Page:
It's called a
route helper, which means that Rails will generate them to help provide you with resource-based routing structures. I'll explain more in a second
To explain properly - Rails is just a framework.
Like all software, it is a series of files loaded in a particular order. As such, Rails creates a series of helper methods in the booting process. These "helper" methods can then be used throughout your application to call functionality / information as you require:
The Rails framework provides a large number of helpers for working
with assets, dates, forms, numbers and model objects, to name a few.
These helpers are available to all templates by default.
In addition to using the standard template helpers provided, creating
custom helpers to extract complicated logic or reusable functionality
is strongly encouraged. By default, each controller will include all
helpers. These helpers are only accessible on the controller through
route helpers (which are generated from your
config/routes.rb file give you the ability to call routes which are resourceful. These might seem strange to begin with, but once you understand them, will help you inexorably.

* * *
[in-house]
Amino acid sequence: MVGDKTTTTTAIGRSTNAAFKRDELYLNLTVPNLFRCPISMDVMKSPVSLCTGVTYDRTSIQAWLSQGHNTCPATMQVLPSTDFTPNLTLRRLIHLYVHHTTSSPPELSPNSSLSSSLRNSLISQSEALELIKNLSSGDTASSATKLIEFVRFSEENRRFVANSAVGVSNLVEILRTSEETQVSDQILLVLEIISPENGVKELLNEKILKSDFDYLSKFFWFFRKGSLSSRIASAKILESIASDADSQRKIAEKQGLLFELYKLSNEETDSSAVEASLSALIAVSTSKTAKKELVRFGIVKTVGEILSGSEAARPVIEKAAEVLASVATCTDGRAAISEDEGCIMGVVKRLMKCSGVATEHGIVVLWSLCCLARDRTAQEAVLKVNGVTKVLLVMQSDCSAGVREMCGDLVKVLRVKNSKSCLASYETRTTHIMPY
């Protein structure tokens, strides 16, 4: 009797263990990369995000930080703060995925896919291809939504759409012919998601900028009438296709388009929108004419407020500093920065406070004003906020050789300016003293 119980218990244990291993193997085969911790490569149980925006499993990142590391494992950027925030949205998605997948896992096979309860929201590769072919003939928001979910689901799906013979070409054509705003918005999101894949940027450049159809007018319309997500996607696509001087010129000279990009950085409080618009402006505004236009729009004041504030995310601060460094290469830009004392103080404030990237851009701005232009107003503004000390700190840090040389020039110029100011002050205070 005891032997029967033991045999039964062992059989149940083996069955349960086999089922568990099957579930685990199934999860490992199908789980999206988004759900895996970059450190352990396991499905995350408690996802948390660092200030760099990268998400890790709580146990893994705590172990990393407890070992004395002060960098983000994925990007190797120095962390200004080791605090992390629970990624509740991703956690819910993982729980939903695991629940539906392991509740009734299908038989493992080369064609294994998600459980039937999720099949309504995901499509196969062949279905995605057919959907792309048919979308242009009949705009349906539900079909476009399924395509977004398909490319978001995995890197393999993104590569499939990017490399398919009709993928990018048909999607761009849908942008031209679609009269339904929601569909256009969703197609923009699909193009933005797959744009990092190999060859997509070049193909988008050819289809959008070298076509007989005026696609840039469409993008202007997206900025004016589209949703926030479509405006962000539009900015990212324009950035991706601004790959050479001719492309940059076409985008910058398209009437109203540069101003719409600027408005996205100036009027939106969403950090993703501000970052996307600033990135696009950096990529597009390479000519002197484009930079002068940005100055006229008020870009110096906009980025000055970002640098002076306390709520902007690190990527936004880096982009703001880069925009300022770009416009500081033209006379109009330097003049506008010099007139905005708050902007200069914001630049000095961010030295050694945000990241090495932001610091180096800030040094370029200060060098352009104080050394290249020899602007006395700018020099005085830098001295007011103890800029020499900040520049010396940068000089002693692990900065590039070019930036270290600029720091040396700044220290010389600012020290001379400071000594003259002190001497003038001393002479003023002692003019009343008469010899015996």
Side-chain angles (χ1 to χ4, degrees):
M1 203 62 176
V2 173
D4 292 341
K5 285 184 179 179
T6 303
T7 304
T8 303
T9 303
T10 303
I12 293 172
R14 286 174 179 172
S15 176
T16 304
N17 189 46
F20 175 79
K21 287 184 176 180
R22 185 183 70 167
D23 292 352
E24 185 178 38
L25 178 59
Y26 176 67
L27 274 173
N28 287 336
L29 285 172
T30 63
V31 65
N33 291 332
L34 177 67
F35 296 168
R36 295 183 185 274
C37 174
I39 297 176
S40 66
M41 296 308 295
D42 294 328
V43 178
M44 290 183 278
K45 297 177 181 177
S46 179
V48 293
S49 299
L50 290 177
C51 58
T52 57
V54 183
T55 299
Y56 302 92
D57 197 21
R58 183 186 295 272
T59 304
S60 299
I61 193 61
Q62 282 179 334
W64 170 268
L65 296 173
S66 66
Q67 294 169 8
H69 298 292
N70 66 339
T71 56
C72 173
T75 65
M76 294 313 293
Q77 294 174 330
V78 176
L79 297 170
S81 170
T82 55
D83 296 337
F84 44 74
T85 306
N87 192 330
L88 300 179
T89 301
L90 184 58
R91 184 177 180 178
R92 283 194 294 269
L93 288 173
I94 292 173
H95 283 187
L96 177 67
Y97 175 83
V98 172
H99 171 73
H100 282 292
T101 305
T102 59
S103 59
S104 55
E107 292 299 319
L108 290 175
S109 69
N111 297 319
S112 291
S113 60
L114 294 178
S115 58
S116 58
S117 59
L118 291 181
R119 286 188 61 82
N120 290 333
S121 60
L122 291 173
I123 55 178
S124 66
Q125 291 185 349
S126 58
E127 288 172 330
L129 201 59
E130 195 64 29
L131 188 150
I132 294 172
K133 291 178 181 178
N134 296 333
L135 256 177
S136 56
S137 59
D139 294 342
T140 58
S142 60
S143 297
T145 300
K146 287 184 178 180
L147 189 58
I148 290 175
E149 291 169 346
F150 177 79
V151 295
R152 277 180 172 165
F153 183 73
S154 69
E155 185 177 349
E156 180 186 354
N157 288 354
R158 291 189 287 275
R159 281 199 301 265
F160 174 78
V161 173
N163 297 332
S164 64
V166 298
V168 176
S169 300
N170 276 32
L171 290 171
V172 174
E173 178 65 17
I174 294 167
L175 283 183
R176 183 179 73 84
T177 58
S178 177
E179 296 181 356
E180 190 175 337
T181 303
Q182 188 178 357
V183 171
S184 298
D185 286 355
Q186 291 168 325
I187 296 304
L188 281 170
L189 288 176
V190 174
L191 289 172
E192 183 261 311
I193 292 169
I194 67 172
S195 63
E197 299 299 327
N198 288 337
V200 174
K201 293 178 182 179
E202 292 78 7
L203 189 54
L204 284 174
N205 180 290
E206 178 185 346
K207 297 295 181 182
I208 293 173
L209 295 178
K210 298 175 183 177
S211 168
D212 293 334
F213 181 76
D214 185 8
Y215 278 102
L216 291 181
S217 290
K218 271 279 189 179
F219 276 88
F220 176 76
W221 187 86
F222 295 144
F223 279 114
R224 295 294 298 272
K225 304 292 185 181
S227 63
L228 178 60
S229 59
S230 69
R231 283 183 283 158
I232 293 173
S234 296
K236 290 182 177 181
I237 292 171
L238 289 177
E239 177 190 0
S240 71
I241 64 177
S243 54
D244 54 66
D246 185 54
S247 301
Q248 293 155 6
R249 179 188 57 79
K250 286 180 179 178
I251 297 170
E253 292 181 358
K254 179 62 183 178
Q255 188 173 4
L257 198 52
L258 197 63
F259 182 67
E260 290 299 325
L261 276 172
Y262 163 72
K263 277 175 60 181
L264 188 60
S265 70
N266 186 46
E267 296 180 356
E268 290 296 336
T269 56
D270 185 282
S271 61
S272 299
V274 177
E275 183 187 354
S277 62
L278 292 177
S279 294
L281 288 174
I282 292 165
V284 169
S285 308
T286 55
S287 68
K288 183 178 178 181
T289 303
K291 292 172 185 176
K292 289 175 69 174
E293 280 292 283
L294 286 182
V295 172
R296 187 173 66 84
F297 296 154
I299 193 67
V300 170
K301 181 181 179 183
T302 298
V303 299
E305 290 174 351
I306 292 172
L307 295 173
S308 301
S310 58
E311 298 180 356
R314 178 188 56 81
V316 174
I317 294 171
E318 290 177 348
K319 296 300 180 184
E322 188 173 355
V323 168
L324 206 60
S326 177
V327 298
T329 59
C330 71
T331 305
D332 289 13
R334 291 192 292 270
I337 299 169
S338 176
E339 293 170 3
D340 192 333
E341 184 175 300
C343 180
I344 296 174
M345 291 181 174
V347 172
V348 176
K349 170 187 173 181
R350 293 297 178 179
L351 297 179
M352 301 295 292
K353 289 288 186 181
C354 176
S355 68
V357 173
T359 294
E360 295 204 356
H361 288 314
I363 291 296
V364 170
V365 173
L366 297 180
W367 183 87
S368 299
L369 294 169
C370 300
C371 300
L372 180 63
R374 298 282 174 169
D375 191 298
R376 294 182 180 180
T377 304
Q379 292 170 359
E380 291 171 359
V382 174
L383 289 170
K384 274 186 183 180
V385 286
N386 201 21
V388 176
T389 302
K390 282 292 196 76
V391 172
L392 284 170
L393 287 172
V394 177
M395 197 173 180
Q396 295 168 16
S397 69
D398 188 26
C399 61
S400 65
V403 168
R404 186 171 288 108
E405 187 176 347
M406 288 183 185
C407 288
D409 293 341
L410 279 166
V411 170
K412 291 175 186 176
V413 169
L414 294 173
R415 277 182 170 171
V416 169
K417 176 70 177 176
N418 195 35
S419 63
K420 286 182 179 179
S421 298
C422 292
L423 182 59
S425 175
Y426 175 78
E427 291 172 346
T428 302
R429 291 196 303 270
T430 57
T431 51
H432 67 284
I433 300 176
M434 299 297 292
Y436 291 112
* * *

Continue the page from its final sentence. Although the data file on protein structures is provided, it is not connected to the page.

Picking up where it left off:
To give you more clarity - Rails routes are known as resourceful
This means they are constructed around resources. To give you a brief definition of this, you need to appreciate that the resources of your application are the pools of data you can add to, and pull
To explain further, because Rails is object orientated. If you're new, this won't mean very much, but keep it in mind, as when you progress through the language / work, you'll begin to see why this is important.
Object orientated programming puts OBJECTS at the center of the flow. Typically, you'd put logic at the center, but with OOP, it's the objects. This is very important for us, as it means that everything you do in Rails is based around the objects you can create.
As per the MVC principle (which, again, is what Rails is built on), you'll create / invoke your objects from your
This means that if you want to create a series of routes to "CRUD" (Create Read Update Destroy) your objects, Rails is able to create the routes necessary to do that. This is where the
resources directives come from inside the routes file:
Hope this helps!